Dodie Cantrell-Bickley stays in touch with many Grady alumni. She is pictured here (fourth from left) with several recent graduates at a Newsource Alumni Reunion Brunch in April, 2018.

Cantrell-Bickley and Hazinski work hard to make the class as realistic as possible in relation to what their students will experience in broadcast journalism when they graduate. Part of that process is a critique that is publicly broadcast at the end of every show. Seldom does Cantrell-Bickley sugar-coat her feedback.

“Hazinski set the standard for critiques so that our students could trust the feedback they receive and grow from it,” she said. “Honesty and candor are a must.” 

In addition to technical and editorial skills, Cantrell-Bickley is committed to teaching her students how to succeed in a field that is bombarded with unverified information masquerading as journalism on some social media, accusations of  fake news and an incredible amount of competition to be heard.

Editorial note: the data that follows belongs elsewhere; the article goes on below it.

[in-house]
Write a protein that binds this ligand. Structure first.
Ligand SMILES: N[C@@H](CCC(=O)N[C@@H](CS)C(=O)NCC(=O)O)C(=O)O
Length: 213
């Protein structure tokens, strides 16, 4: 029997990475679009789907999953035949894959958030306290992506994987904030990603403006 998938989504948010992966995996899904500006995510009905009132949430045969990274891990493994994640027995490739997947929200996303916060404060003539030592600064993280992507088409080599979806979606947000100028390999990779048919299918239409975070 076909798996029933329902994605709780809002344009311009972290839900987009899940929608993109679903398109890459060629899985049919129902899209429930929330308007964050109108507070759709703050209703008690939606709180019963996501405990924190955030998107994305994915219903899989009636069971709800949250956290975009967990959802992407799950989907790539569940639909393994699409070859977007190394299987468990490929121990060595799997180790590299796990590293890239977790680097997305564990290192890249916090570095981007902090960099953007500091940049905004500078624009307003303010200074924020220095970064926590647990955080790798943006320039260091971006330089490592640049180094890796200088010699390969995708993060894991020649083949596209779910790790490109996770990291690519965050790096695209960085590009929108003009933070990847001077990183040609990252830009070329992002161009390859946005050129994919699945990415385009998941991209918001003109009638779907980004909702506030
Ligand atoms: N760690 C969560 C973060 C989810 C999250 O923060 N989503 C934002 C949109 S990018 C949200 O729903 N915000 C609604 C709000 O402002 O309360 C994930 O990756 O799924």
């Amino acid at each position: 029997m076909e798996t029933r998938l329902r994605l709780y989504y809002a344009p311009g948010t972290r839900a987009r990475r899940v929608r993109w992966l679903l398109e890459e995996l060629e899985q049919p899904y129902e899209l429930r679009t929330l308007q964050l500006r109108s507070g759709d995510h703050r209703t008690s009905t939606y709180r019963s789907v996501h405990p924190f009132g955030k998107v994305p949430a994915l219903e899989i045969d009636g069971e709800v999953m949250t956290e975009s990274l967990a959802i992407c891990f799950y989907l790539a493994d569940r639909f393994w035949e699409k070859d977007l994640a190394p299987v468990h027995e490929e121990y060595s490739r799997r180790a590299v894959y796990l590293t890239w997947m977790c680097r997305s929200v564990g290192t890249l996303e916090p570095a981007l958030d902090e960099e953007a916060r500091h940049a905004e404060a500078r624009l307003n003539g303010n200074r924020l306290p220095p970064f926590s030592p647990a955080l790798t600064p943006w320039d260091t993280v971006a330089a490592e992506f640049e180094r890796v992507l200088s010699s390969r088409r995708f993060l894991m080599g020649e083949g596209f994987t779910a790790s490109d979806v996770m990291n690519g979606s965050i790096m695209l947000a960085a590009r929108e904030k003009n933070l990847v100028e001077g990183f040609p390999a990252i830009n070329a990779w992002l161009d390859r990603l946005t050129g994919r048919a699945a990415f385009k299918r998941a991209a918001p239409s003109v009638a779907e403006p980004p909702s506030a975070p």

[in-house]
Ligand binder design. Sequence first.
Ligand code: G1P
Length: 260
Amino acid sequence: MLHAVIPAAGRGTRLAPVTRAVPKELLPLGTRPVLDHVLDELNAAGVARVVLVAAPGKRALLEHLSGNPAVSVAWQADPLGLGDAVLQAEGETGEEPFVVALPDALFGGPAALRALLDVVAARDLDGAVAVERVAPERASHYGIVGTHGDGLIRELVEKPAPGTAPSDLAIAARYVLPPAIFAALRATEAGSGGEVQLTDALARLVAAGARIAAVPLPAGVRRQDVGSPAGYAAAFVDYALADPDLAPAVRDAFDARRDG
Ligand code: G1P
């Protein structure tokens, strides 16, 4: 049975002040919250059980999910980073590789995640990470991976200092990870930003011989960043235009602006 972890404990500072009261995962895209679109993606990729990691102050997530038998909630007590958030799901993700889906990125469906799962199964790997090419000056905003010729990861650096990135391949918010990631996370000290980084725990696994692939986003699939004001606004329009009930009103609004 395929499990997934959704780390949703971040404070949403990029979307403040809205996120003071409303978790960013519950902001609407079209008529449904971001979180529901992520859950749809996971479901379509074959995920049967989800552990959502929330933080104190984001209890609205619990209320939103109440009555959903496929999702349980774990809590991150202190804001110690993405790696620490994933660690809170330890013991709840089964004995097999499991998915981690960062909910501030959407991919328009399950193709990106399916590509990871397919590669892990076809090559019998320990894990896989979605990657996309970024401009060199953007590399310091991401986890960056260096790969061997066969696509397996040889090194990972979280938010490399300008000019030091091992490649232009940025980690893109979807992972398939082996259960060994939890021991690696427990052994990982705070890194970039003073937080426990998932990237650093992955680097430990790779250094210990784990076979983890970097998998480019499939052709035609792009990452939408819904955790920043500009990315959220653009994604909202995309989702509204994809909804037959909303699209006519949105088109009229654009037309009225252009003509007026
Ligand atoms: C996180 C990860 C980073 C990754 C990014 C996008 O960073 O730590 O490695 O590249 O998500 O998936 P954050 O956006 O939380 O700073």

“Great journalism is about facts,” she said. “Getting information and making sure it is accurate is critical; producing the story in a way that is engaging and easy to understand is vital.”

She shares her passion for journalism with them along the way. 

“We serve the public by acquiring and disseminating news and information that will help the public make more completely informed decisions about their lives,” she said. 

Like any good news director, Cantrell-Bickley is available to her students 24 hours a day via phone or text. Her students don’t hesitate to call if there is a breaking news story. She also receives group texts throughout the day as the students prepare the show. 

Her phone signals an incoming text as she leaves the interview. The students are discussing that day’s show. 

“Let’s make Cantrell proud,” one response says. She smiles with pride.